It was a superb win, Andy Roddick's felling of Roger Federer at the Sony Ericsson Open on Monday night — a hard-fought battle that saw the American scrapper beating the odds to finally get another win against the tennis great.
After losing to Federer 21 times in the 23 official matches they've played, Roddick prevailed 7-6 (4), 1-6, 6-4 in the same event where he’d gotten to Federer once before, in 2008. The win was Roddick in his classic form, including an ace and two more elephant-gun serves to finish off the victory.
But anyone looking to draw hope or signs that the future for U.S. tennis may be changing shouldn’t get too excited about Roddick upending Federer. If anything, Roddick's win was a last hurrah, a reminder of what could have been before American tennis began its slide into oblivion.
The U.S. domination of tennis has been as American as anything since the sport's professionalization in 1968. Just as the U.S. was the team to beat in basketball, the country that spawned the world's best in golf, the home of baseball and the monopoly-holder on (American) football, tennis was ruled by the Yanks through its first decades. Pete Sampras and Andre Agassi continued the tradition into the turn of the century. Then, when a young American won the U.S. Open in 2003, no one guessed it would be the last time an American men’s tennis player would win a major until … well, until who knows when. It hasn't been done since.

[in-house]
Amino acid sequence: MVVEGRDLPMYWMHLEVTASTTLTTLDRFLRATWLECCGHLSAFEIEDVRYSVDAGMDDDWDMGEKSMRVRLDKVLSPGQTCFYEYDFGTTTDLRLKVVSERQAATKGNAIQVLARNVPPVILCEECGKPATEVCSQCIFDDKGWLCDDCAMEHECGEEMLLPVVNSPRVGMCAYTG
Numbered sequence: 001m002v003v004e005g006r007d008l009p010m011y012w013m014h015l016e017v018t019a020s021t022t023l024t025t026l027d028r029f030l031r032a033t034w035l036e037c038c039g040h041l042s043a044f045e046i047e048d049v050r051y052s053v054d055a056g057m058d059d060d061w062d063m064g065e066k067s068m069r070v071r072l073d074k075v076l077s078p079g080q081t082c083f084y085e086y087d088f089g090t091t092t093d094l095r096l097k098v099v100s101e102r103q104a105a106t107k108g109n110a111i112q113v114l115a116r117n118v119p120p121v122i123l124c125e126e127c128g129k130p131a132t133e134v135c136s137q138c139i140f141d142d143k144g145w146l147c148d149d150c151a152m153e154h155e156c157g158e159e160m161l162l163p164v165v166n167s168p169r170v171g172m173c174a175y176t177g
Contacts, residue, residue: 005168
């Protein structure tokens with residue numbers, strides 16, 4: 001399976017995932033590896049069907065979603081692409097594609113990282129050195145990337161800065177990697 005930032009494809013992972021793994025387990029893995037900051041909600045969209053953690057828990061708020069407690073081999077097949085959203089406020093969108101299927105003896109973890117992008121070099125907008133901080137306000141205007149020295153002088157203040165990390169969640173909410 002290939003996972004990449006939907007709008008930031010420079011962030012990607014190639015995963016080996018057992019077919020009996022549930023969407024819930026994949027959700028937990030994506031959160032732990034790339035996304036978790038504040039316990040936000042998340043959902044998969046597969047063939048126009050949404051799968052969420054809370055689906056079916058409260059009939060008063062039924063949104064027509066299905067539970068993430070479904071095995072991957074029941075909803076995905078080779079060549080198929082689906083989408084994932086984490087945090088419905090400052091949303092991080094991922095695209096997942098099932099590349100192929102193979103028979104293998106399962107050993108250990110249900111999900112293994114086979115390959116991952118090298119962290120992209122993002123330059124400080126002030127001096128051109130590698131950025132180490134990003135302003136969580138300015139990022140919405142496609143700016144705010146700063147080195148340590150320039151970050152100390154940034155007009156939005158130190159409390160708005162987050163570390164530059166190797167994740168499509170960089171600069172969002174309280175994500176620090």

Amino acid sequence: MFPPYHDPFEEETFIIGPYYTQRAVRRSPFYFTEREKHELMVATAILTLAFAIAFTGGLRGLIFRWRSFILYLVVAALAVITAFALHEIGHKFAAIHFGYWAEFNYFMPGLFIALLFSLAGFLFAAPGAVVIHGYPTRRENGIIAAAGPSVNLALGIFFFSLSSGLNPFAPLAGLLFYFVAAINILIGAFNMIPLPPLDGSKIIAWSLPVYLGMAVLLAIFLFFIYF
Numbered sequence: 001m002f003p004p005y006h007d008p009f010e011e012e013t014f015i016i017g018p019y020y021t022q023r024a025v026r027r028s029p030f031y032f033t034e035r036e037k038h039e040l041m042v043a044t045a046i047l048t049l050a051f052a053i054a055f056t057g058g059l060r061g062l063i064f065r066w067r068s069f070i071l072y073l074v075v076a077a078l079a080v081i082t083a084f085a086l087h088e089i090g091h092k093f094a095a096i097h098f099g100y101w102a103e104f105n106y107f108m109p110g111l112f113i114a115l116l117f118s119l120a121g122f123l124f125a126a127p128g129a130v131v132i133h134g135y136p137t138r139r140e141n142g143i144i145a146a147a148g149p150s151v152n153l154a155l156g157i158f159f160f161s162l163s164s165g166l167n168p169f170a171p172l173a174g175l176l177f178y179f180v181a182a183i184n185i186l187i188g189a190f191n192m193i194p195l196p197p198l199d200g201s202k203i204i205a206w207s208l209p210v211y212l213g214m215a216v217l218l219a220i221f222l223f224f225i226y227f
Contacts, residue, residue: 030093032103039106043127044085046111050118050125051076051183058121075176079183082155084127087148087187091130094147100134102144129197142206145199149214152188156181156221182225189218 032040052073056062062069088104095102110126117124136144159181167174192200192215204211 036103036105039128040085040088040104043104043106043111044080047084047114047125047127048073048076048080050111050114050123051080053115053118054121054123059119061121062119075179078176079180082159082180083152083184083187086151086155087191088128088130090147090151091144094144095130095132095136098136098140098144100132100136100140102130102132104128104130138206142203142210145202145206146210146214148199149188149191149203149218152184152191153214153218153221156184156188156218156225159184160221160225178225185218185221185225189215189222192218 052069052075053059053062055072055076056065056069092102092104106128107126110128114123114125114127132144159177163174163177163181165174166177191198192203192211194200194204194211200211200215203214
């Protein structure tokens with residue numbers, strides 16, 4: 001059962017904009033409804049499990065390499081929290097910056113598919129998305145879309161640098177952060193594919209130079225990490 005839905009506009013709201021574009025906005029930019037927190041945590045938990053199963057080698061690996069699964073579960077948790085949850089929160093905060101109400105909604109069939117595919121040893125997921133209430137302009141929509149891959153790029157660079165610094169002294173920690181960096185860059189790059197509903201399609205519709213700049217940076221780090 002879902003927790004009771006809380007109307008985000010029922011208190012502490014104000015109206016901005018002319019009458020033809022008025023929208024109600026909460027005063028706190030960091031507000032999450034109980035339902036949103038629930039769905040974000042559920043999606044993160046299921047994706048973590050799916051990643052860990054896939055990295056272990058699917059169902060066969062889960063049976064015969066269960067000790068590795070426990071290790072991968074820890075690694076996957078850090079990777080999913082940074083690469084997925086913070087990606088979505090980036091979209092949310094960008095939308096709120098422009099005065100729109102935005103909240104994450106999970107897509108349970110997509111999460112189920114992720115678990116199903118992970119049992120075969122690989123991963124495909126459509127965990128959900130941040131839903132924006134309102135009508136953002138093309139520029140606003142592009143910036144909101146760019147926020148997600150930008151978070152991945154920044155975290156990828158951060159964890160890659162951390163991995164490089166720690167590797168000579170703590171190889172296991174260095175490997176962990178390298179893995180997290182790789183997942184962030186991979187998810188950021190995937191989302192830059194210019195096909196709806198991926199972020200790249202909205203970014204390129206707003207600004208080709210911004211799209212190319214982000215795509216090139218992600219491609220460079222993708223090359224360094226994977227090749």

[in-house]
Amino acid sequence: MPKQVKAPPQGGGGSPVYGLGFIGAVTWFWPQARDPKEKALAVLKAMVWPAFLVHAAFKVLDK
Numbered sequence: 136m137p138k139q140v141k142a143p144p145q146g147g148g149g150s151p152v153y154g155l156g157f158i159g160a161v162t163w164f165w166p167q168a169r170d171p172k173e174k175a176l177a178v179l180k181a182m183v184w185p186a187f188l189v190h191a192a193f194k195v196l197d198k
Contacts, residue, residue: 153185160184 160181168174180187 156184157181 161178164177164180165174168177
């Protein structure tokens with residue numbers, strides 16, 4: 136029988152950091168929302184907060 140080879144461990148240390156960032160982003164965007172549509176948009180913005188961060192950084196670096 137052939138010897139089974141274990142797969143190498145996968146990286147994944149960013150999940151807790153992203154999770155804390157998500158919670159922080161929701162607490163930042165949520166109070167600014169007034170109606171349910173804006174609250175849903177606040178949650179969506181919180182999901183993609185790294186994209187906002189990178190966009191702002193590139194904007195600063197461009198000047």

Roddick, who won that 2003 title, was always the next great hope to keep American success going, and that's why his victory over Federer on Monday gathered so much interest. Few tennis fans forget when Roddick and Federer tangled in the last match that had an American close to major greatness: Wimbledon, 2009.
Roddick had little success against Federer headed into that Wimbledon final, but he held his own, fighting his way to five sets. The gut-wrenching epic ended with Federer ripping the title away in a 16-14 final set. The match was possibly Roddick's finest, but the slumping figure that accepted the runner-up trophy that day only furthered the evidence that, even on their best days, Americans are no longer the class of the men's tennis world.
The death knell began to ring for American tennis in May 2011, when, for the first time since rankings began (1973 for the men), no U.S. players were ranked in the top 10 in world singles play. In the 1970s, more than half of all players in U.S. Open singles draws were American. In December 1990, 23 American men were in the top 100. In May of last year, just nine men were in the top 100.
When the U.S. fell out of the top 10 (a position from which it has since recovered), Roddick — who had long been America's representation in men’s tennis — took the brunt of the questions.
"We’re kind of a victim of our own success over the years in the sport," he said, the expectations framing what has for him been a sterling career, but not enough to mark him as great, since he's fallen short in the majors as the world’s talent continues to rise.
"If you stack us up against more countries," he added, "we're coming out ahead."